Dust Sources and Climatology

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The significant dust sources are located in semi-arid and arid regions. Dust clouds arise when strong wind blows over loose fine soil (average size 2 microns) from a dry surface.

Published: 2 March 2010

The lecture begins by showing some of the positive and negative impacts of dust in the atmosphere, followed by some arguments about why dust storms are increasing.

The differences between dust and sandstorms are shown. While sandstorms only affect the area where there is strong surface wind, dust clouds can travel thousands of kilometers away from the source. The characteristics of favourable dust sources are then described.

The lecture will take you around the world to discover that the Sahara and dry lands around the Arabian Peninsula are the main source of airborne dust. The other significant dust emitters are located in Iran, Pakistan, India, China and Australia.

Finally, dust indices for climatological studies are presented in detail.

At the end of the lecture you will know:

  • some of the positive and negative impacts of dusty air;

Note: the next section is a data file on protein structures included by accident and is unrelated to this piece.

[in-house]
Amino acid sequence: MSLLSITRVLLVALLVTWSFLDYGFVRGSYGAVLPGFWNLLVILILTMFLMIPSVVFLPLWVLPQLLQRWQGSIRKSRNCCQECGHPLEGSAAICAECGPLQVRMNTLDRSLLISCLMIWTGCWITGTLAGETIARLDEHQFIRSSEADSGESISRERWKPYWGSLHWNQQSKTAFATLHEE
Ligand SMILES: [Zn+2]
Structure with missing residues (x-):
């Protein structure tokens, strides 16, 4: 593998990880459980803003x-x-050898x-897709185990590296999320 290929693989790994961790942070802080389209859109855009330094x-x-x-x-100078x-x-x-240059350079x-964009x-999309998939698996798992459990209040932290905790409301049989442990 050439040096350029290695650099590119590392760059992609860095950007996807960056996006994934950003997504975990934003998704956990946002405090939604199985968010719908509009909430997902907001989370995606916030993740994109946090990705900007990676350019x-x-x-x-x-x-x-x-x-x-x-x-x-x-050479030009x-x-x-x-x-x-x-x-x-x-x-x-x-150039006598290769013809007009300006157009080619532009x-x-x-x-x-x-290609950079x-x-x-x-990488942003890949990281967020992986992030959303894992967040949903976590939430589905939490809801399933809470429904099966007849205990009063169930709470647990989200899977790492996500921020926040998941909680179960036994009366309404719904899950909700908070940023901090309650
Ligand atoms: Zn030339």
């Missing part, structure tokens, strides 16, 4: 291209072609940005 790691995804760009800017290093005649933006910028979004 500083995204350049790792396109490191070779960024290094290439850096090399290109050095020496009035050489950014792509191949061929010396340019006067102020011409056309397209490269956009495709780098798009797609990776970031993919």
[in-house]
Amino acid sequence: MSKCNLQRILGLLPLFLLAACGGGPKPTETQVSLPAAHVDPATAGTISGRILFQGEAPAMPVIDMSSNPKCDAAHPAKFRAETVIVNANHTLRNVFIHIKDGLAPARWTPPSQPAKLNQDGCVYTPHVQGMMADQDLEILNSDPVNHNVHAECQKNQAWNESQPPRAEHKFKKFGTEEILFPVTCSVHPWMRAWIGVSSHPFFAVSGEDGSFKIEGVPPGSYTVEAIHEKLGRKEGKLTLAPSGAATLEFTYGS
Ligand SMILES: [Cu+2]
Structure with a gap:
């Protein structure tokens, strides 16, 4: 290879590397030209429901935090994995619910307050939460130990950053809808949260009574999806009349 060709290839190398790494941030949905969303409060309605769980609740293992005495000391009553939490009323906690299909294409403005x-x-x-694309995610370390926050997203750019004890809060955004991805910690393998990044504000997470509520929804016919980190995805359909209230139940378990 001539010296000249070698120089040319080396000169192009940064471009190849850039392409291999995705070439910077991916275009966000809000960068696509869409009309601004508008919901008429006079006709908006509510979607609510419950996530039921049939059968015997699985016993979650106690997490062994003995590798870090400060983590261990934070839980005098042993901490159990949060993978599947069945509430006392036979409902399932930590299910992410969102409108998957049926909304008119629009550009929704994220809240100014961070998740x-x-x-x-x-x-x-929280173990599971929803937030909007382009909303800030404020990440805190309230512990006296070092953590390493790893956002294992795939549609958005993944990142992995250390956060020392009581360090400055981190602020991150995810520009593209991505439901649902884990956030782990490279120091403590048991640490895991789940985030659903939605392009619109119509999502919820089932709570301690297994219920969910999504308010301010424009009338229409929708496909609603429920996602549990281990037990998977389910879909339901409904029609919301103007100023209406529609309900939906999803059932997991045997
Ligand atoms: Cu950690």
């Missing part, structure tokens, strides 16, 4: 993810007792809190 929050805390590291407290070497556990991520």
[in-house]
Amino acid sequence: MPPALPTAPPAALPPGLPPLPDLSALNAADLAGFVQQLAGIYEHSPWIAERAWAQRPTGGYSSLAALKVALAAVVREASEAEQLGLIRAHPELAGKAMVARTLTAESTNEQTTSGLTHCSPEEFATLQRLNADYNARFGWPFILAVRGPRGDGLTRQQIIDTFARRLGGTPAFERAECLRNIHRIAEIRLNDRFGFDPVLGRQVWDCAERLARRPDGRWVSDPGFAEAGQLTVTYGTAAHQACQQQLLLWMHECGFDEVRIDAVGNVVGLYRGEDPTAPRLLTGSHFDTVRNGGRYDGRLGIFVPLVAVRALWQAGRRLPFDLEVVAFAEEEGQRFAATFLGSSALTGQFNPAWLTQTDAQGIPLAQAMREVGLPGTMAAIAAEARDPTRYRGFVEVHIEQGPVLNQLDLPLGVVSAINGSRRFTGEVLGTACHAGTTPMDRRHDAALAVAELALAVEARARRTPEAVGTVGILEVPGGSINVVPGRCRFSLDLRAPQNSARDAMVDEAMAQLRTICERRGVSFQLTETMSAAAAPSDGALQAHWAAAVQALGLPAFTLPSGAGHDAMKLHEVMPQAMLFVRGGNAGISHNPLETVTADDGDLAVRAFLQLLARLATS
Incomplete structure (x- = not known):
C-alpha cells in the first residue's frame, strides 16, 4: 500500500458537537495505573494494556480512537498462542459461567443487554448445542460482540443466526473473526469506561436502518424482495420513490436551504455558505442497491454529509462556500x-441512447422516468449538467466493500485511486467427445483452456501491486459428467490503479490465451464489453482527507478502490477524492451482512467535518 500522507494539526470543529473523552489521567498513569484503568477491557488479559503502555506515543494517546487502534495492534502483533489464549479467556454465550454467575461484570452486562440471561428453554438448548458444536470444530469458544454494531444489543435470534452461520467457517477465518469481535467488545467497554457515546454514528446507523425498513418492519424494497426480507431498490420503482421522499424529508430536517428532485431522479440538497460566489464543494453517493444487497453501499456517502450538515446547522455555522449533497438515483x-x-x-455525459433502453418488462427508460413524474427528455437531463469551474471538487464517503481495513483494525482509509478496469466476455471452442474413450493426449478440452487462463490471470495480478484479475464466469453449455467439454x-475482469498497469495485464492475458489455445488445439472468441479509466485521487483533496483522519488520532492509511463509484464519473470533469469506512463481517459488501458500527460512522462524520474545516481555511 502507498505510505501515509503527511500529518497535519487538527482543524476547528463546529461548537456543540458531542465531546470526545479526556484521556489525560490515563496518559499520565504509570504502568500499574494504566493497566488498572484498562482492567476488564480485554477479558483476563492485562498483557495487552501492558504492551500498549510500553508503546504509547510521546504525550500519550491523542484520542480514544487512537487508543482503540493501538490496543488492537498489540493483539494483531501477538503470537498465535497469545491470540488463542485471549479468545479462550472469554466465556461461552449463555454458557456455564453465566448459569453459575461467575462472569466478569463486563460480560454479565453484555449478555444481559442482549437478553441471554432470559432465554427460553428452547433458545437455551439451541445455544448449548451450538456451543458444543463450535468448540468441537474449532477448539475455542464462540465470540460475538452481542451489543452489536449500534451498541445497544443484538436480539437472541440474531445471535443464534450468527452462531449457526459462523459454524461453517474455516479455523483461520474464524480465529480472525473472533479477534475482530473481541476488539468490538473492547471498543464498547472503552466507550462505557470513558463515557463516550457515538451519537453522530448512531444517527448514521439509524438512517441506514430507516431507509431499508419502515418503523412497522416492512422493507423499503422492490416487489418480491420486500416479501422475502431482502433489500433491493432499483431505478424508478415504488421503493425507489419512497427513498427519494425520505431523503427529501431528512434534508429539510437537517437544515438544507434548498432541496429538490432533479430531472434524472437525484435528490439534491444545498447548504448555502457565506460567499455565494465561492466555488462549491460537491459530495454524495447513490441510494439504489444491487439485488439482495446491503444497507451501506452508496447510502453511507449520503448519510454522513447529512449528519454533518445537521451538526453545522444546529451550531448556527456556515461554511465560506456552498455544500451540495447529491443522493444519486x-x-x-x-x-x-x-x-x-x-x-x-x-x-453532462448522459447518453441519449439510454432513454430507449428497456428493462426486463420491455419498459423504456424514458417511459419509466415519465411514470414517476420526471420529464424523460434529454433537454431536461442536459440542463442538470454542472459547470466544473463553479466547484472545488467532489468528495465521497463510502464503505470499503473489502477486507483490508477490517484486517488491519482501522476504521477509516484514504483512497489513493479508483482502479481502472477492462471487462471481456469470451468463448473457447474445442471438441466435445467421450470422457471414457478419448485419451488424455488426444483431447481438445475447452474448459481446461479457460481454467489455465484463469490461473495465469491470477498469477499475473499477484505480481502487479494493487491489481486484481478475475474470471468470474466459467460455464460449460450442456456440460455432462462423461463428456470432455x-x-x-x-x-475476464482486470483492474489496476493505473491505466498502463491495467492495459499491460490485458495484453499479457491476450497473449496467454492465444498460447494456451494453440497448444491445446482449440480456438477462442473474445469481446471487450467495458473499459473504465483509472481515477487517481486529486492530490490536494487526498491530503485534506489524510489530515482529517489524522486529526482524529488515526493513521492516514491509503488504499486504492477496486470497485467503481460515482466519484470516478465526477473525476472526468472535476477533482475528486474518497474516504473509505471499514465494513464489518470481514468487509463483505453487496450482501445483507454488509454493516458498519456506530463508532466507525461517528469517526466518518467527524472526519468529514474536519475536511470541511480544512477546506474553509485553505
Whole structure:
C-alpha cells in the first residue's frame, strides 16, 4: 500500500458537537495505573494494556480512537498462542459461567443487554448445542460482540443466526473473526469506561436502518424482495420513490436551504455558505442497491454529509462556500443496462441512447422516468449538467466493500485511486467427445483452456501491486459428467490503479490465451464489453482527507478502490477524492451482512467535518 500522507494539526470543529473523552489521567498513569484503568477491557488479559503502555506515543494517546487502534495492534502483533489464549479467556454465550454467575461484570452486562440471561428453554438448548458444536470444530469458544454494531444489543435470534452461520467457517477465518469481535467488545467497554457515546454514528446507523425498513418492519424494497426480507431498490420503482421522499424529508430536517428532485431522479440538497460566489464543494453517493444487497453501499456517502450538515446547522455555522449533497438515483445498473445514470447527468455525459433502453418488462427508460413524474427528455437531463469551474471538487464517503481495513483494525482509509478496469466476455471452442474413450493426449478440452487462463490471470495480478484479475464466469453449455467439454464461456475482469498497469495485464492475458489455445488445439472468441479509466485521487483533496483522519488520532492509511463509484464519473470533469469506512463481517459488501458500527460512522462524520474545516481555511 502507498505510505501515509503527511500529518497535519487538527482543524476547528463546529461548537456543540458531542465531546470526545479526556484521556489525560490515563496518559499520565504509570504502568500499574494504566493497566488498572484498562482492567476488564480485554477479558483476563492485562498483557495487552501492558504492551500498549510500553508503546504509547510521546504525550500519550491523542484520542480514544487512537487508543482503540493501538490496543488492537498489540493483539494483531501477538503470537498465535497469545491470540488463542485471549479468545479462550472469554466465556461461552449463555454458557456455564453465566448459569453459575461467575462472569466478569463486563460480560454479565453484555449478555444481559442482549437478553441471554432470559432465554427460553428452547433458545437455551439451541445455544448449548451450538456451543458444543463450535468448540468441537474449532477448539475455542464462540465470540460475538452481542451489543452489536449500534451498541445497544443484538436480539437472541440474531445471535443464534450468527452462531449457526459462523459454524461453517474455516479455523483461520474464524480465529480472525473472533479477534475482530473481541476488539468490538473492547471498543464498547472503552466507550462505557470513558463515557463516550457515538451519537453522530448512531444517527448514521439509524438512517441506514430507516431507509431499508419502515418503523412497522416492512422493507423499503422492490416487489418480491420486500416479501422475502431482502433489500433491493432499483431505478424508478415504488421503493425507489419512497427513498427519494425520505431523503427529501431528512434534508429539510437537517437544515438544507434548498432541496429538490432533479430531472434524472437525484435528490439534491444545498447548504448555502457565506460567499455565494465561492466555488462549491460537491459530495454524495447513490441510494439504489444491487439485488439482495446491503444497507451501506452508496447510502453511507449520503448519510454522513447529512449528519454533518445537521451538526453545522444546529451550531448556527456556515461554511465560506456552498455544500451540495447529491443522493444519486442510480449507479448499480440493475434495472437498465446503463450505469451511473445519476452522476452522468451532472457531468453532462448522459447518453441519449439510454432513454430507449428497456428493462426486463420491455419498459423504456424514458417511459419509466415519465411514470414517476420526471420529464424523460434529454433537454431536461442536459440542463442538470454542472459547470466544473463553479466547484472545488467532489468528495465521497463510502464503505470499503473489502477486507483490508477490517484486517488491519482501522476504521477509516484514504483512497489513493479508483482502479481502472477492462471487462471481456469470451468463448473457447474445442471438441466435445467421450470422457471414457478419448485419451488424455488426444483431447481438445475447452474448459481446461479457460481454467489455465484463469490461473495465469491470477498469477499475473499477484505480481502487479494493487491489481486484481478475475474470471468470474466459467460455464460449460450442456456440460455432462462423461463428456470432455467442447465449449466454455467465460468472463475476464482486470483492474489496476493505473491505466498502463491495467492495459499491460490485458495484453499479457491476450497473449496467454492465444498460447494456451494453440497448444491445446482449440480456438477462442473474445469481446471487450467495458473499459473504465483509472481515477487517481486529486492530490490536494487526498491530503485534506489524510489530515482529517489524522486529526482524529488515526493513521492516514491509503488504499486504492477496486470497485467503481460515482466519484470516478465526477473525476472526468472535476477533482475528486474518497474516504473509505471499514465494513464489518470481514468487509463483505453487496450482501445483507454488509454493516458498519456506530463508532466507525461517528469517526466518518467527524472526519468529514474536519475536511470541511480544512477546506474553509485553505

• differences between dust and sandstorms;
  • the dust source regions and dust climatology;
  • the characteristics of favourable dust sources;
  • the dust indices for climatological studies.

Pre-requisites: basic knowledge of geography and some knowledge about dust sources and dust climatology.


Category Language Difficulty Audio Duration Author
Atmosphere English Basic 60 min Humaid Al Badi

Links

Dust Sources and Climatology presentation (PDF, 7 MB)

Dust Sources and Climatology recording (ZIP, 32 MB)

Centre of Excellence for Training in Satellite Meteorology (Met Office, Oman)

References

References

Y. Shao and C.H. Dong, 2006: A review on East Asian dust storm climate, modelling and monitoring. Global and Planetary Change, 52 (2006), 1–22.

S. Engelstaedter and R. Washington, 2007: Temporal controls on global dust emissions: The role of surface gustiness. Geoph.Res.Letters, Vol. 34, L15805.

 
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